‘Learning to love the flawed, imperfect things we create? Forgiving ourselves for creating them? Regret doesn’t remind us that we did badly- it reminds us that we know we can do better.’
I like that. I like all of that.
It’s a far more human approach to looking at ourselves- our lives, our actions, our fallibility- than a lot of the ‘mindfulness-speak’ that is out there in the ether of ‘holistic health’ and the push for ‘positive culture’ that dominates our social media soundbites these days.
Funnily enough (although I tend to see it as another one of those connectivity things), the whole regret-thing (and the absolution of said regret-things) has been circumstantially at the forefront of my mind these past few weeks.
Been thinking about choices a lot as I try to figure out next steps. For example: What, exactly, do I want to be when I grow up? How do I define happiness? Has that definition changed? If my goals/wants/needs have changed, what do I need to do make those things manifest?
I have a birthday coming up next month (all being well- shouldn’t count chickens/tempt fate and all that)- it’s not a biggie- no zero at the end or anything. But it’s been a while since I last really thought about those questions. It was around the time of my last zero-at-the-end birthday (funny how those markers tend to make us take stock)- which puts it few years ago. Five long years, to be specific. So it’s past time to revisit the questions- and see where I’m at- existentially speaking. Especially since that last round of questioning led to some decisions that ended up being rather regretful, in retrospect.
Adulting and First World Problems. Ick. It’s whiny and ridiculous- in so many ways. I get it. I’m a good feminist- aware of all my intersections. The choices are myriad- a reality that is a product of my privilege. Everyone should be so lucky to have to the choices I have had- that I continue to have. I get that too. But the sources of that privilege- my family, my friends, my opportunities- keep hitting me with the insistent realization that I need to keep on striving to do better.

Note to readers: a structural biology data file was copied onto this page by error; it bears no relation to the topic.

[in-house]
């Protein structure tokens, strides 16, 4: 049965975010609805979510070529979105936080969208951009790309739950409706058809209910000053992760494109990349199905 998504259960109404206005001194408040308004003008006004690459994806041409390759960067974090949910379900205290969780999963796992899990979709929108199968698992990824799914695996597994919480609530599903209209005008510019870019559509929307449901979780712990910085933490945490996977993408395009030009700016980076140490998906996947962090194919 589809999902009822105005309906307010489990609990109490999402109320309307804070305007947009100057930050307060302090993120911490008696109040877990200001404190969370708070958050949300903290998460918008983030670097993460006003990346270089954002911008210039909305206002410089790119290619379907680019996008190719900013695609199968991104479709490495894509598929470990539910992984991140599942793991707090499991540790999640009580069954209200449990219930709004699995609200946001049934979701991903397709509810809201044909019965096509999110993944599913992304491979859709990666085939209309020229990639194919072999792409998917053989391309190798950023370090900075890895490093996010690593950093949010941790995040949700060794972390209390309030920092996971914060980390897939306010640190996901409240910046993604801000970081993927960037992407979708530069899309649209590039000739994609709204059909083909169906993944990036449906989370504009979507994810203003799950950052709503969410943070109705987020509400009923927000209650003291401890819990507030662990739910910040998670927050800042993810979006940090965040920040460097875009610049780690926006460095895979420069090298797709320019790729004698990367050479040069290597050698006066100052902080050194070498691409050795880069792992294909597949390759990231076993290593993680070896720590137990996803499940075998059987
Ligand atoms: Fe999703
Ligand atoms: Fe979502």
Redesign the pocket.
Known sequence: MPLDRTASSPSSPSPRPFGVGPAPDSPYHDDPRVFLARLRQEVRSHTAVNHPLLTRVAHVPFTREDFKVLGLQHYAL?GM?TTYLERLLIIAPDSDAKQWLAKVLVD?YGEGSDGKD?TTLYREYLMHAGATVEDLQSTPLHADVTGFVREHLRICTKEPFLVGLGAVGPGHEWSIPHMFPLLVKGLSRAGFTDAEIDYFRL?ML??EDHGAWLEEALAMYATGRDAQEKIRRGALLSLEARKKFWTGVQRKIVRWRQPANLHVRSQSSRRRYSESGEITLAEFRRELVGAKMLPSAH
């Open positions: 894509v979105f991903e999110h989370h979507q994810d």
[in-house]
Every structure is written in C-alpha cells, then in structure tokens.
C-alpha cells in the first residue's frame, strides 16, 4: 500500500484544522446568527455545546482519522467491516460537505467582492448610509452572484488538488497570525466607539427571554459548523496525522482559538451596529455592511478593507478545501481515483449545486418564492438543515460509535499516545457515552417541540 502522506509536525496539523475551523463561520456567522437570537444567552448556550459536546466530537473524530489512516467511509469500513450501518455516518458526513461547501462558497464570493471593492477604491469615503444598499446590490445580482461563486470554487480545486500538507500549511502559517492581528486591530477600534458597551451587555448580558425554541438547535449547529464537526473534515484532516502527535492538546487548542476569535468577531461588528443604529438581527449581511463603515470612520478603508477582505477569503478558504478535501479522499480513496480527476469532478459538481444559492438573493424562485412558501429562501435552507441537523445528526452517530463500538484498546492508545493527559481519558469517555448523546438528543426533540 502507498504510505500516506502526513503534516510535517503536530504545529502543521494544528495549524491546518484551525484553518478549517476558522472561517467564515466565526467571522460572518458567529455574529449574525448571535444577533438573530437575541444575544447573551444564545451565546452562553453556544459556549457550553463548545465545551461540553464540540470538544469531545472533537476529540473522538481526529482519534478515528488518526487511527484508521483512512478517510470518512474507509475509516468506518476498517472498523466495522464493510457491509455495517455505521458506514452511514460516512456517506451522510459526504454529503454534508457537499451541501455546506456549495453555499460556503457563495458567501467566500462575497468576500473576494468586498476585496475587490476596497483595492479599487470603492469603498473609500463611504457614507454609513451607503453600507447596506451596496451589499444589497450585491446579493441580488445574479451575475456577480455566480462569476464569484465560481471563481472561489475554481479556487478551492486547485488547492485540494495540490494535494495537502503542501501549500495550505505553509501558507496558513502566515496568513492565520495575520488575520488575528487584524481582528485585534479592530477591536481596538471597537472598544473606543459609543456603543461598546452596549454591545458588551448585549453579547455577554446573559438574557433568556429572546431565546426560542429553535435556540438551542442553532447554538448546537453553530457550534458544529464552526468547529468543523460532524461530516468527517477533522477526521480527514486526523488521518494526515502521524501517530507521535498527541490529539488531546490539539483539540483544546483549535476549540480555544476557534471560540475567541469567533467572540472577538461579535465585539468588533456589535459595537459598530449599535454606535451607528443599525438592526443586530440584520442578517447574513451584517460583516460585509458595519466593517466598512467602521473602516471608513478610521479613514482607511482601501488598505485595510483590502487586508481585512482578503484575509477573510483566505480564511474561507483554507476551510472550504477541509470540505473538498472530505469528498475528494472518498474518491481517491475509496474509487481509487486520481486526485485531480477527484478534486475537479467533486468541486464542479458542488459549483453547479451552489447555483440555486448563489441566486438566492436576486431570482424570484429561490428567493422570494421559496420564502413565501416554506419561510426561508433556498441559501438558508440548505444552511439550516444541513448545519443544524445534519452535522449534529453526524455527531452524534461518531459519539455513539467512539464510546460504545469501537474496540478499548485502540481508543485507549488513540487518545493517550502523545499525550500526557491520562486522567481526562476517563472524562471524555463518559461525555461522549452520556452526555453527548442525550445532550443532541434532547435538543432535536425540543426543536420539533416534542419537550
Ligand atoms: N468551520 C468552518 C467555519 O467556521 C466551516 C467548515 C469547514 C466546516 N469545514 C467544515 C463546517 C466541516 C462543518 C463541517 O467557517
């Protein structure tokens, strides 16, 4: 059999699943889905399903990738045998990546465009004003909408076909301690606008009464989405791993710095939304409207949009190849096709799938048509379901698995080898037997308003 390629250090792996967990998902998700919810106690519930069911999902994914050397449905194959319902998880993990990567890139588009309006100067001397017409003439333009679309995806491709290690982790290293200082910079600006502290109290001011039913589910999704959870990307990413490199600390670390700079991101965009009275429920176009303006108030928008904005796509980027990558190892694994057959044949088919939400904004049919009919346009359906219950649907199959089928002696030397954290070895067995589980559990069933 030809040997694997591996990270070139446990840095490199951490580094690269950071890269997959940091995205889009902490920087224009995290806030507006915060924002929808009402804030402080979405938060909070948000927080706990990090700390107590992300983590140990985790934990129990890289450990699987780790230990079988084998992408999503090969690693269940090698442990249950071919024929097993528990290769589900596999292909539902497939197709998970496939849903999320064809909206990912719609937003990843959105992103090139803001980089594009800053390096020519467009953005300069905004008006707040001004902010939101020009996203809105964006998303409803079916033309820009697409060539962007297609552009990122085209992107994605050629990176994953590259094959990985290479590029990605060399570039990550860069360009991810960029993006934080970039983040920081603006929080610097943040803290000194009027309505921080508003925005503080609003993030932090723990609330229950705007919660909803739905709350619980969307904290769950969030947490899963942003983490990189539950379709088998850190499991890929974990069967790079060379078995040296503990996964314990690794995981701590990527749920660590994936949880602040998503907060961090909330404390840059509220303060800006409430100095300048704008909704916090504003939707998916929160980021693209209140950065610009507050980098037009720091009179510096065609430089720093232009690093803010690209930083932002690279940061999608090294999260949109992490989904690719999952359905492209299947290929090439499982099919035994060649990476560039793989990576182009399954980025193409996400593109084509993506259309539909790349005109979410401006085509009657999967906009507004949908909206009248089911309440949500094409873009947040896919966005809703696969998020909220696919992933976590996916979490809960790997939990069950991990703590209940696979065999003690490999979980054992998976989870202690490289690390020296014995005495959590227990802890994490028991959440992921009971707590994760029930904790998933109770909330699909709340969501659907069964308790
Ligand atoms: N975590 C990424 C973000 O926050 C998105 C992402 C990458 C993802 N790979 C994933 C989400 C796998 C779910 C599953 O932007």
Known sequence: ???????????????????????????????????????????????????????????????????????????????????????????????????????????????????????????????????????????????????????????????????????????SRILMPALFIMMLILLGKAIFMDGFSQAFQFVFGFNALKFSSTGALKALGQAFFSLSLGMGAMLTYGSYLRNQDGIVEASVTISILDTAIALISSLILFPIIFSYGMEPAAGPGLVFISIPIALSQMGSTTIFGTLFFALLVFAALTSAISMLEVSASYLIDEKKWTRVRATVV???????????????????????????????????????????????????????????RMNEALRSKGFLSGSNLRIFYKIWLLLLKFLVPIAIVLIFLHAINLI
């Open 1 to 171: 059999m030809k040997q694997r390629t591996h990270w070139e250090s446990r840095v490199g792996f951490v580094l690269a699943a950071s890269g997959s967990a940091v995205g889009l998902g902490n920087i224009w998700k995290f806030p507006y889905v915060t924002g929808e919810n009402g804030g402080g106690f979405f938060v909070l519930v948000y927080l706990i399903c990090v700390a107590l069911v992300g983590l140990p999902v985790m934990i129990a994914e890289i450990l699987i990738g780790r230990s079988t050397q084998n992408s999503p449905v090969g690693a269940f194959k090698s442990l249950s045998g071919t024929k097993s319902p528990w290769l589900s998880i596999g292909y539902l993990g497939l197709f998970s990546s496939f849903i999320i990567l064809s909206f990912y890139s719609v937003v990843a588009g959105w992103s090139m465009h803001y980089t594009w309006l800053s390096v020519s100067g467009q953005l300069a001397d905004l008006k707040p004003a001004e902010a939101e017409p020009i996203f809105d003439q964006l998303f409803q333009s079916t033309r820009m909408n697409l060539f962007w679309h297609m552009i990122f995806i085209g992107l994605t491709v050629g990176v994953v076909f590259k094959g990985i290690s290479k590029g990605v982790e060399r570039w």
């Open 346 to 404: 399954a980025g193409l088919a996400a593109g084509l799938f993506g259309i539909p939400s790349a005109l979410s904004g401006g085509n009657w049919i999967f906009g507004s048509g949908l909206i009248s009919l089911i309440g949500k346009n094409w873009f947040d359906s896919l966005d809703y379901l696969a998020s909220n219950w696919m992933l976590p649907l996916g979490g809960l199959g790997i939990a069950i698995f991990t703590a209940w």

Which I can’t do if I’m locked into the perseveration of regrets.
There are these songs (I know- there are always some songs- as I said, I am who I am)… two of them. They speak of regret- in very different, yet complimentary, ways.
The first is a cover version of an older song, performed by a guy that I love so very much. I’ve talked about Midge before. A few times, actually. And he more than deserves all the positive print I can offer up. This song most definitely helped me through some rough times over the years.
It’s over. It’s done. It’s for the best. No looking back.
Healthy, right? Yet melancholy-as-Hell in tone, and speaking to the truth that even that which is the right thing doesn’t necessarily come regret-free.
I had the opportunity to see Midge live (again! Twice in less than a year!), playing a pared-down and fabulous acoustic show- just him and his guitar- back in March, and took the opportunity to meet him after the show and express my thanks for all the years of music and lessons and wonder that he has brought into my life.
(And made my bud, the incomparable Len, take my picture with him. That is an example of whatever the absolute opposite of regret might be).
This other song, though…
It’s the one that keeps on running through my head. That whole self-punishment and ‘what the hell did I do’ sort of thinking that Kathryn spoke about. That’s much more my style.
And this song makes my heart hurt with the physical weight of such regrets…
Regardless of how often I listen to it, Airborne Toxic Event’s (I’ve talked about them before, too) rage against the regret of the loss of love sends my stomach all butterfly-ish. Every time. That’s power– sourced in the fact that our human-ness means that we’ve experienced that depth of self-excoriation about decisions made or roads not traveled- and react to the memory of the regret.
It’s a big deal, regret. A big, messy, complicated deal.
So. Starting last night (interestingly it actually was sometime around midnight), inspired by a great, if much-delayed, conversation with a too-long-absent but ever-important person in my life, I’m working on annotating and embracing my regrets. Perhaps that evaluation will lead me out of my current stasis and back into some positive directions. Even if those directions end up being transitional- or transformational- and even if some of them are regrettable.
I can do better.